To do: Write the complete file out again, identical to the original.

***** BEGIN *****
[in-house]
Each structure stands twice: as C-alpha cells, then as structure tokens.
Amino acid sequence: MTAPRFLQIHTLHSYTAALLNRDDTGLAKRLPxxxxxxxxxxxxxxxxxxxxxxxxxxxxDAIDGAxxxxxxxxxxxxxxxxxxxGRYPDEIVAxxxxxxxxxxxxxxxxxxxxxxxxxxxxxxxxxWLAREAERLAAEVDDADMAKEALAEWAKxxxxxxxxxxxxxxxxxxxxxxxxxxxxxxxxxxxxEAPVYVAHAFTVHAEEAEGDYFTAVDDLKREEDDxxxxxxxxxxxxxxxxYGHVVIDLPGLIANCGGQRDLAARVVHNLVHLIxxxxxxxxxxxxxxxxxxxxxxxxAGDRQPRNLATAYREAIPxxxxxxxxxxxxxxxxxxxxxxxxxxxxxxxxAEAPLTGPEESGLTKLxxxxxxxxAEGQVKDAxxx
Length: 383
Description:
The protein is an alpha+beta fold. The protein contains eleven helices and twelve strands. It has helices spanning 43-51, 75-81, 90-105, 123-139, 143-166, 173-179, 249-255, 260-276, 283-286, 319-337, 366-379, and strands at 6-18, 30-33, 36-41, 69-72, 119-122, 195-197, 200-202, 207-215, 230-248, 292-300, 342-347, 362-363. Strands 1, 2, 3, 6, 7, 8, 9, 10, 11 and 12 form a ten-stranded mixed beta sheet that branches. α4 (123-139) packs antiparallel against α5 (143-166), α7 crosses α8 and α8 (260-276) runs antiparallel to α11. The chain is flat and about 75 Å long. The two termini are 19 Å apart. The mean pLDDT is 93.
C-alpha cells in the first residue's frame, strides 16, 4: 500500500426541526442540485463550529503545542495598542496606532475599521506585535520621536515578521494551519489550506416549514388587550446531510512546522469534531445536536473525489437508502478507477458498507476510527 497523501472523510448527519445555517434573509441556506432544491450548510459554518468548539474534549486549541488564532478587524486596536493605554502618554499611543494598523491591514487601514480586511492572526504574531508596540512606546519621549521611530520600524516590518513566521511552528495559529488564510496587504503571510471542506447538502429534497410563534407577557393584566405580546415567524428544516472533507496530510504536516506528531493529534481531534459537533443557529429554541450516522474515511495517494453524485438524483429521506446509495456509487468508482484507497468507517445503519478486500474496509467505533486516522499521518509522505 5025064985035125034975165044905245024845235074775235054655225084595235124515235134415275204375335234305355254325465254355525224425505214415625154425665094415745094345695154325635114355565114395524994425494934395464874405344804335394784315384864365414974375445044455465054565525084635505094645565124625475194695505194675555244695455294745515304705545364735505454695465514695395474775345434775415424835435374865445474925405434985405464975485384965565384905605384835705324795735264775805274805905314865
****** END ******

[in-house]
Each structure stands twice: as C-alpha cells, then as structure tokens.
Amino acid sequence: MTAPRFLQIHTLHSYTAALLNRDDTGLAKRLPxxxxxxxxxxxxxxxxxxxxxxxxxxxxDAIDGAxxxxxxxxxxxxxxxxxxxGRYPDEIVAxxxxxxxxxxxxxxxxxxxxxxxxxxxxxxxxxWLAREAERLAAEVDDADMAKEALAEWAKxxxxxxxxxxxxxxxxxxxxxxxxxxxxxxxxxxxxEAPVYVAHAFTVHAEEAEGDYFTAVDDLKREEDDxxxxxxxxxxxxxxxxYGHVVIDLPGLIANCGGQRDLAARVVHNLVHLIxxxxxxxxxxxxxxxxxxxxxxxxAGDRQPRNLATAYREAIPxxxxxxxxxxxxxxxxxxxxxxxxxxxxxxxxAEAPLTGPEESGLTKLxxxxxxxxAEGQVKDAxxx
Length: 383
Description:
The protein is an alpha+beta fold. The protein contains eleven helices and twelve strands. It has helices spanning 43-51, 75-81, 90-105, 123-139, 143-166, 173-179, 249-255, 260-276, 283-286, 319-337, 366-379, and strands at 6-18, 30-33, 36-41, 69-72, 119-122, 195-197, 200-202, 207-215, 230-248, 292-300, 342-347, 362-363. Strands 1, 2, 3, 6, 7, 8, 9, 10, 11 and 12 form a ten-stranded mixed beta sheet that branches. α4 (123-139) packs antiparallel against α5 (143-166), α7 crosses α8 and α8 (260-276) runs antiparallel to α11. The chain is flat and about 75 Å long. The two termini are 19 Å apart. The mean pLDDT is 93.
C-alpha cells in the first residue's frame, strides 16, 4: 500500500426541526442540485463550529503545542495598542496606532475599521506585535520621536515578521494551519489550506416549514388587550446531510512546522469534531445536536473525489437508502478507477458498507476510527 497523501472523510448527519445555517434573509441556506432544491450548510459554518468548539474534549486549541488564532478587524486596536493605554502618554499611543494598523491591514487601514480586511492572526504574531508596540512606546519621549521611530520600524516590518513566521511552528495559529488564510496587504503571510471542506447538502429534497410563534407577557393584566405580546415567524428544516472533507496530510504536516506528531493529534481531534459537533443557529429554541450516522474515511495517494453524485438524483429521506446509495456509487468508482484507497468507517445503519478486500474496509467505533486516522499521518509522505 5025064985035125034975165044905245024845235074775235054655225084595235124515235134415275204375335234305355254325465254355525224425505214415625154425665094415745094345695154325635114355565114395524994425494934395464874405344804335394784315384864365414974375445044455465054565525084635505094645565124625475194695505194675555244695455294745515304705545364735505454695465514695395474775345434775415424835435374865445474925405434985405464975485384965565384905605384835705324795735264775805274805905314865